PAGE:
|Publication number||US4711582 A|
|Application number||US 06/928,058|
|Publication date||Dec 8, 1987|
|Filing date||Nov 7, 1986|
|Priority date||Nov 7, 1986|
|Publication number||06928058, 928058, US 4711582 A, US 4711582A, US-A-4711582, US4711582 A, US4711582A|
|Inventors||Richard B. Kennedy|
|Original Assignee||Kennedy Richard B|
|Export Citation||BiBTeX, EndNote, RefMan|
|Patent Citations (7), Referenced by (68), Classifications (7), Legal Events (3)|
|External Links: USPTO, USPTO Assignment, Espacenet|
The invention is directed to a method of and means for mixing at least two components, wherein one is liquid, in a disposable plastic bag by a rotary mixing element.
There are presently a wide number of uses of two-component elastomer foams. With these foams two separate components must be mixed together a short time before application as they are fast setting. The Dow Corning Corporation and General Electric Corporation currently market such foams, that are used as fire stops in utility races. In one system the two components are stored in a cartridge and separated by a membrane that is ruptured when mixing is to occur. A mixing element is then reciprocated back and forth through the cartridge mixing the contents After mixing, a plunger is forced through the cartridge dispensing the contents through a dispensing nozzle. This system results in incomplete mixing because the components are relatively viscous. In another relatively more complicated and expensive delivery system the components are combined at a dispensing nozzle by a pneumatically operated air gun. The components are impinged against one another, thereby resulting in more complete mixing before being dispensed from the gun. Typically the pneumatically operated air gun system is used for large installations and the cartridge system is used for small installations.
It is well known to mix components by rotating mixing element that contacts the components in a container. Typically the rotating mixing element is centered in the container so that it does not contact the sides of the container which could result in damaging the container or mixing element. Examples of similar mixing assemblies are disclosed in U.S. Pat. Nos. 2,766,022 and 4,561,782.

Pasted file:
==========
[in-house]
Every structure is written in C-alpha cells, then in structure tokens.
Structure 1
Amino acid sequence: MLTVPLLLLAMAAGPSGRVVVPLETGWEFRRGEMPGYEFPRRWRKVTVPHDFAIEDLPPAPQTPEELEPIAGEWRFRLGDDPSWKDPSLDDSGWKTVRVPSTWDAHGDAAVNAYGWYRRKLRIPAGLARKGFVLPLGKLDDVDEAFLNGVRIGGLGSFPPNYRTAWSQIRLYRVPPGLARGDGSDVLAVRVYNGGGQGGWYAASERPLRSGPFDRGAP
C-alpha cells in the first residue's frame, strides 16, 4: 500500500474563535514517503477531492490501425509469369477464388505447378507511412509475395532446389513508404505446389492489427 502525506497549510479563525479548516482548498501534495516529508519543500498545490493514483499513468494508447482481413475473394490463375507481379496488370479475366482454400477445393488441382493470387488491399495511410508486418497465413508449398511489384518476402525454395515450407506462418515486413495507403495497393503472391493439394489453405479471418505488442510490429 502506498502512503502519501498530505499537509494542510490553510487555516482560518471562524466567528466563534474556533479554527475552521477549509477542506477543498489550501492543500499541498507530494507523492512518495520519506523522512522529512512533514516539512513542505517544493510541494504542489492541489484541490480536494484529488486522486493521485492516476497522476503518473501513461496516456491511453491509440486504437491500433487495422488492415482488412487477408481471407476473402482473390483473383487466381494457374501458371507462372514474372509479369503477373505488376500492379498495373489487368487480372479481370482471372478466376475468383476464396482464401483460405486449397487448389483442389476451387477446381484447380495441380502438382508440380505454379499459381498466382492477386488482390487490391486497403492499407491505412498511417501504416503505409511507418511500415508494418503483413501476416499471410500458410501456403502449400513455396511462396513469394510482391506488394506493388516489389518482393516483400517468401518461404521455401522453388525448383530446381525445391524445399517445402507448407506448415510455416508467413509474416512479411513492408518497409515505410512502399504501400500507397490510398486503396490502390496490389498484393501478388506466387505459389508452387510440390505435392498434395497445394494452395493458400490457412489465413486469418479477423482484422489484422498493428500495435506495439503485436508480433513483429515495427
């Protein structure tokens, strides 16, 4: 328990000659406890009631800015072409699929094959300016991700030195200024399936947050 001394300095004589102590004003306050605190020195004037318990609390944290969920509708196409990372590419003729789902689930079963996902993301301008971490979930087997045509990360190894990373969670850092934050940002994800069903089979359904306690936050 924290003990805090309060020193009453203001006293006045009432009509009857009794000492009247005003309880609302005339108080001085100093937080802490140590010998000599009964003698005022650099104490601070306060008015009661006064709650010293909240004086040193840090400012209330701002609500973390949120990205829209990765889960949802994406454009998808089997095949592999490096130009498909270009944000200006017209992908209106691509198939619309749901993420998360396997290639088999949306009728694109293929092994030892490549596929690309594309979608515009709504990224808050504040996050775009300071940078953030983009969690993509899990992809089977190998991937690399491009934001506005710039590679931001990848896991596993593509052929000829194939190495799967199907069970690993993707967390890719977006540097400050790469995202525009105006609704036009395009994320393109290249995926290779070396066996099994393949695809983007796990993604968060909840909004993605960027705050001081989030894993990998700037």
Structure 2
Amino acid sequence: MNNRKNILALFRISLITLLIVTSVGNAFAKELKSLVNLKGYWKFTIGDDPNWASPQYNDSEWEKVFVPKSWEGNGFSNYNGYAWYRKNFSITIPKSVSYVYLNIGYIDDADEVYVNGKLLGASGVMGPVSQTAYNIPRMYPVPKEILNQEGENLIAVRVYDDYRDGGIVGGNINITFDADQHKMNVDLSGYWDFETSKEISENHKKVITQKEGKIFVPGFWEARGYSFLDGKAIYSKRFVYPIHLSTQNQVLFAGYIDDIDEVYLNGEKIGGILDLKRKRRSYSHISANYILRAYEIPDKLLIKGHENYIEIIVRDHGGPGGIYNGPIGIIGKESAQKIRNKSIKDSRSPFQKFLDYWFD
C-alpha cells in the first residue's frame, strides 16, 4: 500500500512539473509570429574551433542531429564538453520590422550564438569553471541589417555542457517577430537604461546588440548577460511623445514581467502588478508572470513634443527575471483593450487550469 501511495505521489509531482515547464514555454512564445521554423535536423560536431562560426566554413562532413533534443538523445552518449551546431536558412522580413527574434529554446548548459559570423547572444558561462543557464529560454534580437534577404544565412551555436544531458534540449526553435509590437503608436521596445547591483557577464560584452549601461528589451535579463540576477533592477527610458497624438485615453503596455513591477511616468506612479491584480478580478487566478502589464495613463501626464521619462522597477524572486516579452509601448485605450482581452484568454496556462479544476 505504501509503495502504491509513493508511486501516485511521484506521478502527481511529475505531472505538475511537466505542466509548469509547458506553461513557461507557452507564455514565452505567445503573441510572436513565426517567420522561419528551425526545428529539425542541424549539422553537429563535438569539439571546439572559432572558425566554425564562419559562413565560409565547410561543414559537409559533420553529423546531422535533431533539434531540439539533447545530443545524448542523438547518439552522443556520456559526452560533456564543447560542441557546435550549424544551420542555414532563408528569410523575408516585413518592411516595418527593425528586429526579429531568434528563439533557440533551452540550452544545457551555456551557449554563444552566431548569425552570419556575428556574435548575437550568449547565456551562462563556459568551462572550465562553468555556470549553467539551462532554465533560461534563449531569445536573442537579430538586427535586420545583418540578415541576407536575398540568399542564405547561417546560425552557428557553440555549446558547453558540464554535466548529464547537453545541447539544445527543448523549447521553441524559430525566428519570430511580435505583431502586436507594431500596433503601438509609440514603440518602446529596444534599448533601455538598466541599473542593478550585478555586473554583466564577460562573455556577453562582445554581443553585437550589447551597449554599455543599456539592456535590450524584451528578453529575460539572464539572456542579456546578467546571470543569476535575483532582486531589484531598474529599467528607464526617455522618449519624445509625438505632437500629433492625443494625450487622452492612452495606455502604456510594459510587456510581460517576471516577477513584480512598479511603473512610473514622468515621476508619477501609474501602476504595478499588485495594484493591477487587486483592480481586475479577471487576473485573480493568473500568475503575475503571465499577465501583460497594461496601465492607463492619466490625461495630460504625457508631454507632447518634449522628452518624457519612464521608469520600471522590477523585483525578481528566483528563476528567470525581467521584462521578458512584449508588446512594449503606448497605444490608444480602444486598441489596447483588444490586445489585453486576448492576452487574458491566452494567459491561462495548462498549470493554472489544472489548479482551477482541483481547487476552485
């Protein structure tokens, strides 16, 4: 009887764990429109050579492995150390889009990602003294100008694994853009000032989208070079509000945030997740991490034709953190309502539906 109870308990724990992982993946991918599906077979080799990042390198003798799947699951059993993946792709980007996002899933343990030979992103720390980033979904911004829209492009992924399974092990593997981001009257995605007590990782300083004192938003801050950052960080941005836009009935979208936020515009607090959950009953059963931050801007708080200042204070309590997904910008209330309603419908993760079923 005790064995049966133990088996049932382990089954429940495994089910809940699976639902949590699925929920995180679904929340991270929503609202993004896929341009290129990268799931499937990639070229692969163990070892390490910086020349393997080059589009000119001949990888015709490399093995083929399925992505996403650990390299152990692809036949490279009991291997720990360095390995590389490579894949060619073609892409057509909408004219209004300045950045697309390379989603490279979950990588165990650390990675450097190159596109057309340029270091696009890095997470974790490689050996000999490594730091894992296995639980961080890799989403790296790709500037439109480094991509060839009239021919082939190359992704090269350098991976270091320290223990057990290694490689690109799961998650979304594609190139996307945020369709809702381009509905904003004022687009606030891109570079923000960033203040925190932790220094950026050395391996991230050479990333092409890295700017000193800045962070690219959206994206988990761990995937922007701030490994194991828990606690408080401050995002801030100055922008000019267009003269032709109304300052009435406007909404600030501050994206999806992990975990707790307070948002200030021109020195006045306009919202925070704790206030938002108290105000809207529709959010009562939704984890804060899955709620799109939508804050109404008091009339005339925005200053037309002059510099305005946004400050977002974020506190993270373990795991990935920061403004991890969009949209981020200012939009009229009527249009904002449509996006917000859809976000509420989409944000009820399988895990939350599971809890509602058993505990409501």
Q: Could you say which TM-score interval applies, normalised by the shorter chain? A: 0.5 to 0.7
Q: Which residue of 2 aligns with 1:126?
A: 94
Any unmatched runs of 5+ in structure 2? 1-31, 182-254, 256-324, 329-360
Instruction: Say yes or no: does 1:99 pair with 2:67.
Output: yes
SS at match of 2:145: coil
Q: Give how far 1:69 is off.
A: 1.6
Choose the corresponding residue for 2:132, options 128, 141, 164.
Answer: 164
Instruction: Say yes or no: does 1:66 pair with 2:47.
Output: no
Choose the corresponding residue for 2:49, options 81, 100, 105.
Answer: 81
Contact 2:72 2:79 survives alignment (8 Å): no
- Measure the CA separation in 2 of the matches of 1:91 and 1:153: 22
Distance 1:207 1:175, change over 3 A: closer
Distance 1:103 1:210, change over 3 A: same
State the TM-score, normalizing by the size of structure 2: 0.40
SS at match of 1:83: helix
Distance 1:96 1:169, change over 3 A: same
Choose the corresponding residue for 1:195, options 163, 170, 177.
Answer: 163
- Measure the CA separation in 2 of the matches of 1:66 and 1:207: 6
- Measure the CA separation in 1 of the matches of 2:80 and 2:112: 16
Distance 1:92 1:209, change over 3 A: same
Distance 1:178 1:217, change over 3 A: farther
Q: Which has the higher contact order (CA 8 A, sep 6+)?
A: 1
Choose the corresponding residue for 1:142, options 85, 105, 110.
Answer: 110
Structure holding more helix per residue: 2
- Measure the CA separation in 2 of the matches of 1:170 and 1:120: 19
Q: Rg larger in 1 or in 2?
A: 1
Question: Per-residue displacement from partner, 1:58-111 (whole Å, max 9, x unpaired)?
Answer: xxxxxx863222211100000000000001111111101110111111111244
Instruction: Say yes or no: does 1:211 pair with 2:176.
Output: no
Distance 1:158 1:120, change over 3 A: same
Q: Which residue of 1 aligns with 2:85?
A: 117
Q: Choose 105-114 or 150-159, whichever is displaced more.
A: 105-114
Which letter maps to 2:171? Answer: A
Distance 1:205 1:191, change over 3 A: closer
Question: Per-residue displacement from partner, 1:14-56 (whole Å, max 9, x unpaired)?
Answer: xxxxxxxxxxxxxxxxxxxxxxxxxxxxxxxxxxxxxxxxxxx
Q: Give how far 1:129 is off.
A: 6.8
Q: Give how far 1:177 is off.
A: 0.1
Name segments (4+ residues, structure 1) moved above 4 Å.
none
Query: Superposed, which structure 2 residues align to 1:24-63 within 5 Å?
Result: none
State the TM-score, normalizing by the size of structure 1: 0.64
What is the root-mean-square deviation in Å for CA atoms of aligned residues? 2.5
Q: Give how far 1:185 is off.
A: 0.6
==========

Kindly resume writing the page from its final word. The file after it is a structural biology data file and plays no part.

In mixing components it is desirable to mix the components in a disposable container. A disposable mixing device disclosed in U.S. Pat. No. 3,603,564, comprises a cylindrically shaped disposal container having a top through which a rotary mixing element is positioned for mixing the contents. The bottom of the container is frangible and forms a plunger, when detached, for forcing the contents from the container. Plastic bags are well suited as disposable mixing containers. Typically a plastic bag and its contents is kneaded thereby mixing the components contained therein. Such mixing devices are disclosed in U.S. Pat. Nos. 3,030,081, and 3,819,158. However the use of rotary mixing element with disposable plastic bags has not proved as satisfactory because the bag tends to become entangled with the rotary mixing element. More specifically the swirling action of the rotary mixing element causes twisting of the bag resulting in the bag becoming entangled on the mixing element.
The present invention is directed to the rotation mixing of a liquid in an opened topped disposable plastic bag. The plastic bag is fitted into an open topped outer receptacle having inwardly sloping interior sidewalls. After a liquid is placed in the bag, the bag expands, so that its sidewalls contact the sidewalls of the outer receptacle. A rotary mixing means is then inserted into the liquid contained in the bag and centered therein by a centering means. As the rotary mixing element of the rotary mixing means is rotated the bag does not twist around the mixing element because of the adhesion and surface friction between the sidewalls of the receptacle and the sidewalls of the bag.
FIG. 1 is an exploded cross sectional view of the mixing assembly.
FIG. 2 is a cross sectional view of the assemblied mixing assembly.
FIG. 3 is a perspective view of an alternate mixing element.
The present invention comprises outer receptacle 10 into which is nested plastic bag 12. The outer receptacle is generally cylindrically shaped and is provided with open top 14 and inwardly sloping sidewalls 16. Bottom member 18 is provided with internal threads 20 that screwingly engage external threads 22 located at the base of receptacle 10. Bottom member 18 is used to hold slidable plunger 24 in the receptacle. The slidable plunger is adapted to slide up and down in the receptacle and is slidingly secured thereto by screws 26 that are mounted to the plunger. The shafts of the screws are located in longitudinal apertures 28, so that the plunger and can slide up and down.